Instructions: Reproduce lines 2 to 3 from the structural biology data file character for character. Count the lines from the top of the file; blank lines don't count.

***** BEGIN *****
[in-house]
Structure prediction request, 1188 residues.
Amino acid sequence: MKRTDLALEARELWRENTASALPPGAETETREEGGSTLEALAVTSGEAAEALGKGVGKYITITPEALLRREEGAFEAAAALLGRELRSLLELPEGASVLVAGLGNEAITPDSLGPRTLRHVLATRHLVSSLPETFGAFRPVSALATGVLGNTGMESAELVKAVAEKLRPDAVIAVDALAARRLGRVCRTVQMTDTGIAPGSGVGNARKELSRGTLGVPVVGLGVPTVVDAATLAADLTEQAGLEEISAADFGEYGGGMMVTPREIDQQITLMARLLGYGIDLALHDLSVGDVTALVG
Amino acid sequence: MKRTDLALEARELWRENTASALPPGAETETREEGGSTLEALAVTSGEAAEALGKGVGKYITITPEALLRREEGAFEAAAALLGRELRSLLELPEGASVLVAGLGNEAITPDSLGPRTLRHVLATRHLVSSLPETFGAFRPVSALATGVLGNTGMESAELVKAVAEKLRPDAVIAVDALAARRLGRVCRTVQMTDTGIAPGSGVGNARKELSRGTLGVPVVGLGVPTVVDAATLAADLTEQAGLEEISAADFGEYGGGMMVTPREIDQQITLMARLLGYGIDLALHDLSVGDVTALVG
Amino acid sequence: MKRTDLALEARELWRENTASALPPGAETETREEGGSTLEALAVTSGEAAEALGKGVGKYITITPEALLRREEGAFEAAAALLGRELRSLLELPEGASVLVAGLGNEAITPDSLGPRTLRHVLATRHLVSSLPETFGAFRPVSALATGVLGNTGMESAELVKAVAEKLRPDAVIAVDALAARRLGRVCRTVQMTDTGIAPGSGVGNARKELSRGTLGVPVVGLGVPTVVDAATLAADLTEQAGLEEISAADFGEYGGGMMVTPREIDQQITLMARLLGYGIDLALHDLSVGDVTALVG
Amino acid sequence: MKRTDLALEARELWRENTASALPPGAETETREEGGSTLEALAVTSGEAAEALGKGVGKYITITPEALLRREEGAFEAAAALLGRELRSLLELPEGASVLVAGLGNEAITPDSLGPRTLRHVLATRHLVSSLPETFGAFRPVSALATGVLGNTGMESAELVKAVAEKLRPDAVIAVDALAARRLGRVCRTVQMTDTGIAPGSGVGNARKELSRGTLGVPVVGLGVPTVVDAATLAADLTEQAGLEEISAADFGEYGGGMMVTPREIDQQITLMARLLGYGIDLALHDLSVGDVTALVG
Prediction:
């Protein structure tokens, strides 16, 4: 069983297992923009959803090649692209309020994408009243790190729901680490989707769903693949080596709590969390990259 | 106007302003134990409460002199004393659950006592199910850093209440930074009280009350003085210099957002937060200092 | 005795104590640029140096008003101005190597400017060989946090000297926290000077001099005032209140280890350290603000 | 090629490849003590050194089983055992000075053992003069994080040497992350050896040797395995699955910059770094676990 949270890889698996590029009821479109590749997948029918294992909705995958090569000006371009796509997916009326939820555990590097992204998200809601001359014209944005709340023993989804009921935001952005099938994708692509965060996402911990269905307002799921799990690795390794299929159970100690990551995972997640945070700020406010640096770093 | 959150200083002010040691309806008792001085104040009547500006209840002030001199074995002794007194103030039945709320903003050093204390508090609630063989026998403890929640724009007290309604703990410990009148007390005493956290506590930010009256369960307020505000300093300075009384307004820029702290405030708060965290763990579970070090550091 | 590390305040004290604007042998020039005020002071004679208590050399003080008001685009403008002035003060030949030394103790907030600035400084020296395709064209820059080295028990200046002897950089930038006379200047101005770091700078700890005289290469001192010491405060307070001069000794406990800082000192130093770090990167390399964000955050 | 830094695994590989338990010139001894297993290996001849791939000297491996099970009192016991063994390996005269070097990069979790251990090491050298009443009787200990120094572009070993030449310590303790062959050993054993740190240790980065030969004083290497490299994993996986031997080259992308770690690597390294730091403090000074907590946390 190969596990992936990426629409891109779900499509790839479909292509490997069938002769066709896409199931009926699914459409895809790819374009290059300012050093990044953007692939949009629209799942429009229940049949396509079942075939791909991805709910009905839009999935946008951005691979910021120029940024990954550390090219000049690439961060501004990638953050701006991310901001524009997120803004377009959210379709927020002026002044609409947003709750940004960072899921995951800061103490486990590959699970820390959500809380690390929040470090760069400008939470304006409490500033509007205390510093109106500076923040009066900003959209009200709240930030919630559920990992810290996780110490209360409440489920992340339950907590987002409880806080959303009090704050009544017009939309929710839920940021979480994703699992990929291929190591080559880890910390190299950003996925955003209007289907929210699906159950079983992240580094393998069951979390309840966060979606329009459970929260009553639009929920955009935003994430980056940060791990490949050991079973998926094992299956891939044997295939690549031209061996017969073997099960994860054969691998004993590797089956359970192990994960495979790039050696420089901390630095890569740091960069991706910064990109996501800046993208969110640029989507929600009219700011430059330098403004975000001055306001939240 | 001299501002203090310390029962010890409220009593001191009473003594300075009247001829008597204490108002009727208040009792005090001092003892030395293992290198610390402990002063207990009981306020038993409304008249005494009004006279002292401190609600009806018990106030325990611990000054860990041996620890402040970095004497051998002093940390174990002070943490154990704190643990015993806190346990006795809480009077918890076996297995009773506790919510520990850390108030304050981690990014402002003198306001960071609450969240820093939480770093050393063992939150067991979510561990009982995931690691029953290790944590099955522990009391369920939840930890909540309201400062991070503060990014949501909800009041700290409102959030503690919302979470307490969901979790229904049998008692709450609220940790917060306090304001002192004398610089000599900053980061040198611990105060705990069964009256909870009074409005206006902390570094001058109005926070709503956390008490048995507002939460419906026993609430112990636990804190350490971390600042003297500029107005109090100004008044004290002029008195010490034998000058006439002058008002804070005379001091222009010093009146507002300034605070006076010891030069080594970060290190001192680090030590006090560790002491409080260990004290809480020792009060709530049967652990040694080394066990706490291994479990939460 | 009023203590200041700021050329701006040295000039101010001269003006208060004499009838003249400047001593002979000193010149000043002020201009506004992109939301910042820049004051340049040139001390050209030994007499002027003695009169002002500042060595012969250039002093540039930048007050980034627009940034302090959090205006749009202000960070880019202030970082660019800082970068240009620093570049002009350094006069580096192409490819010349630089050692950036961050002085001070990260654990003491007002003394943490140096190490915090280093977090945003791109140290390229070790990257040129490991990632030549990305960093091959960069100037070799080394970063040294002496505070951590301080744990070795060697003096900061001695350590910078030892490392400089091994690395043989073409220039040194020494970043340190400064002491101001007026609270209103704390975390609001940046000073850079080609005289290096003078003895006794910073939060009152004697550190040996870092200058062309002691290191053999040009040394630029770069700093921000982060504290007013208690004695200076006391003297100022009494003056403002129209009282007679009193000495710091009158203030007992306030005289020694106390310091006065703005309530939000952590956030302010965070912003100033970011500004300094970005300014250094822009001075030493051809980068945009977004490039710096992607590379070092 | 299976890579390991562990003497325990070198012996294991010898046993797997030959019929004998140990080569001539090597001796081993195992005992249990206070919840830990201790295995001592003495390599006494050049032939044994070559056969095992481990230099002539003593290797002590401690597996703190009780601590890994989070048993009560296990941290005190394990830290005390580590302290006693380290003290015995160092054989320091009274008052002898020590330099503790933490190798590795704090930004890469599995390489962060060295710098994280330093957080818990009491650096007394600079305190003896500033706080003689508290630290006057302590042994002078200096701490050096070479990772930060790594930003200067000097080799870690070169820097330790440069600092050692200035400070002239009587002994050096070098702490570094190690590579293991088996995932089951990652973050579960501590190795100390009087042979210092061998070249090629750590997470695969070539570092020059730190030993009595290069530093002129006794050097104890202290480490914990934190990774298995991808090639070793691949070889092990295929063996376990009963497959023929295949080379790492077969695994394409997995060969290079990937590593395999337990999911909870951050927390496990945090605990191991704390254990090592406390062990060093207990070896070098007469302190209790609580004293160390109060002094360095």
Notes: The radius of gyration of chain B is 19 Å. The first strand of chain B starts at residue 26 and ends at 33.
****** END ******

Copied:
Structure prediction request, 1188 residues.
Amino acid sequence: MKRTDLALEARELWRENTASALPPGAETETREEGGSTLEALAVTSGEAAEALGKGVGKYITITPEALLRREEGAFEAAAALLGRELRSLLELPEGASVLVAGLGNEAITPDSLGPRTLRHVLATRHLVSSLPETFGAFRPVSALATGVLGNTGMESAELVKAVAEKLRPDAVIAVDALAARRLGRVCRTVQMTDTGIAPGSGVGNARKELSRGTLGVPVVGLGVPTVVDAATLAADLTEQAGLEEISAADFGEYGGGMMVTPREIDQQITLMARLLGYGIDLALHDLSVGDVTALVG